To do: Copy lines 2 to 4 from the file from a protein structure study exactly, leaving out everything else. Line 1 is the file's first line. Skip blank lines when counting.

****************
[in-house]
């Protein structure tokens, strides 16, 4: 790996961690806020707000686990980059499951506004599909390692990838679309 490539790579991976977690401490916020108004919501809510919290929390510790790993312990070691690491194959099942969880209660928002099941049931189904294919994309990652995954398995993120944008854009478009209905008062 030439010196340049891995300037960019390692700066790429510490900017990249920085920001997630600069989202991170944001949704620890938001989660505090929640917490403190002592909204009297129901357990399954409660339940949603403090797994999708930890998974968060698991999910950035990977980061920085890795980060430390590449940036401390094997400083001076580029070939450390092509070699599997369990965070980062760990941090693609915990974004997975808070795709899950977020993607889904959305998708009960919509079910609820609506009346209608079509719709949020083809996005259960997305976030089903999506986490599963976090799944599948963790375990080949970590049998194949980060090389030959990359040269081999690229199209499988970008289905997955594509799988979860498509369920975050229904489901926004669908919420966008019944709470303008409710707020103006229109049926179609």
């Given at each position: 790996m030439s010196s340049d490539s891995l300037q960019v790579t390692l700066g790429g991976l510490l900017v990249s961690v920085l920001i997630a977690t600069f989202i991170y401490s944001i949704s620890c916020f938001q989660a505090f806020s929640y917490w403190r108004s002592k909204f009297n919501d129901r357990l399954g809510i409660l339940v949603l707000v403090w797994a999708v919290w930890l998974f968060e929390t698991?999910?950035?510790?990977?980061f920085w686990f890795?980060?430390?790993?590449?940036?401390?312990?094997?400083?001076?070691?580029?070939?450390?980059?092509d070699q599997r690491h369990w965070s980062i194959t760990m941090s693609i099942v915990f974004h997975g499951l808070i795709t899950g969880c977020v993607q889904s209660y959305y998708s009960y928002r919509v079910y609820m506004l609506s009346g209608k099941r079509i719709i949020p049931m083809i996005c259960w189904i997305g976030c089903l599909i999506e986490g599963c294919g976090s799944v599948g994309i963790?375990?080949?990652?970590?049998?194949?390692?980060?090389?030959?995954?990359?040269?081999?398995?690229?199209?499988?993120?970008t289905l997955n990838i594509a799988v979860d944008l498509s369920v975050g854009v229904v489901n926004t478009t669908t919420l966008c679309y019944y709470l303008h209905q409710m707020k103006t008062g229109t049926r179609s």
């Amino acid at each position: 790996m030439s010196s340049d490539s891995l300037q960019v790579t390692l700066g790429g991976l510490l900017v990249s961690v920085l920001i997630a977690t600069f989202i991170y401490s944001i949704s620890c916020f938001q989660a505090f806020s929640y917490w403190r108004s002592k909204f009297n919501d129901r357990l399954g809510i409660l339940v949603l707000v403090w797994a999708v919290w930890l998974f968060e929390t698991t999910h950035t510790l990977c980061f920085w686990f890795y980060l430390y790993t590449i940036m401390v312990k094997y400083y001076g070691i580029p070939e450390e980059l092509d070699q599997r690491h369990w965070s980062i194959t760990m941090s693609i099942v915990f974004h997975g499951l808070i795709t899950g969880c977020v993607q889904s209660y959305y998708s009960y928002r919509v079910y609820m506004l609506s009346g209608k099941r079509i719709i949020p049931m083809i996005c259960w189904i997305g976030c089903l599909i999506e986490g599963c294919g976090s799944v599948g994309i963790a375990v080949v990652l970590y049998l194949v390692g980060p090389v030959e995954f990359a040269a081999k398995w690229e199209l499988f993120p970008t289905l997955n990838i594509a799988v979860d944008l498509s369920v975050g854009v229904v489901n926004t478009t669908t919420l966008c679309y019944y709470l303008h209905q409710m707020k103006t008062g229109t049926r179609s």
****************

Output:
């Protein structure tokens, strides 16, 4: 790996961690806020707000686990980059499951506004599909390692990838679309 490539790579991976977690401490916020108004919501809510919290929390510790790993312990070691690491194959099942969880209660928002099941049931189904294919994309990652995954398995993120944008854009478009209905008062 030439010196340049891995300037960019390692700066790429510490900017990249920085920001997630600069989202991170944001949704620890938001989660505090929640917490403190002592909204009297129901357990399954409660339940949603403090797994999708930890998974968060698991999910950035990977980061920085890795980060430390590449940036401390094997400083001076580029070939450390092509070699599997369990965070980062760990941090693609915990974004997975808070795709899950977020993607889904959305998708009960919509079910609820609506009346209608079509719709949020083809996005259960997305976030089903999506986490599963976090799944599948963790375990080949970590049998194949980060090389030959990359040269081999690229199209499988970008289905997955594509799988979860498509369920975050229904489901926004669908919420966008019944709470303008409710707020103006229109049926179609």
């Given at each position: 790996m030439s010196s340049d490539s891995l300037q960019v790579t390692l700066g790429g991976l510490l900017v990249s961690v920085l920001i997630a977690t600069f989202i991170y401490s944001i949704s620890c916020f938001q989660a505090f806020s929640y917490w403190r108004s002592k909204f009297n919501d129901r357990l399954g809510i409660l339940v949603l707000v403090w797994a999708v919290w930890l998974f968060e929390t698991?999910?950035?510790?990977?980061f920085w686990f890795?980060?430390?790993?590449?940036?401390?312990?094997?400083?001076?070691?580029?070939?450390?980059?092509d070699q599997r690491h369990w965070s980062i194959t760990m941090s693609i099942v915990f974004h997975g499951l808070i795709t899950g969880c977020v993607q889904s209660y959305y998708s009960y928002r919509v079910y609820m506004l609506s009346g209608k099941r079509i719709i949020p049931m083809i996005c259960w189904i997305g976030c089903l599909i999506e986490g599963c294919g976090s799944v599948g994309i963790?375990?080949?990652?970590?049998?194949?390692?980060?090389?030959?995954?990359?040269?081999?398995?690229?199209?499988?993120?970008t289905l997955n990838i594509a799988v979860d944008l498509s369920v975050g854009v229904v489901n926004t478009t669908t919420l966008c679309y019944y709470l303008h209905q409710m707020k103006t008062g229109t049926r179609s």
């Amino acid at each position: 790996m030439s010196s340049d490539s891995l300037q960019v790579t390692l700066g790429g991976l510490l900017v990249s961690v920085l920001i997630a977690t600069f989202i991170y401490s944001i949704s620890c916020f938001q989660a505090f806020s929640y917490w403190r108004s002592k909204f009297n919501d129901r357990l399954g809510i409660l339940v949603l707000v403090w797994a999708v919290w930890l998974f968060e929390t698991t999910h950035t510790l990977c980061f920085w686990f890795y980060l430390y790993t590449i940036m401390v312990k094997y400083y001076g070691i580029p070939e450390e980059l092509d070699q599997r690491h369990w965070s980062i194959t760990m941090s693609i099942v915990f974004h997975g499951l808070i795709t899950g969880c977020v993607q889904s209660y959305y998708s009960y928002r919509v079910y609820m506004l609506s009346g209608k099941r079509i719709i949020p049931m083809i996005c259960w189904i997305g976030c089903l599909i999506e986490g599963c294919g976090s799944v599948g994309i963790a375990v080949v990652l970590y049998l194949v390692g980060p090389v030959e995954f990359a040269a081999k398995w690229e199209l499988f993120p970008t289905l997955n990838i594509a799988v979860d944008l498509s369920v975050g854009v229904v489901n926004t478009t669908t919420l966008c679309y019944y709470l303008h209905q409710m707020k103006t008062g229109t049926r179609s």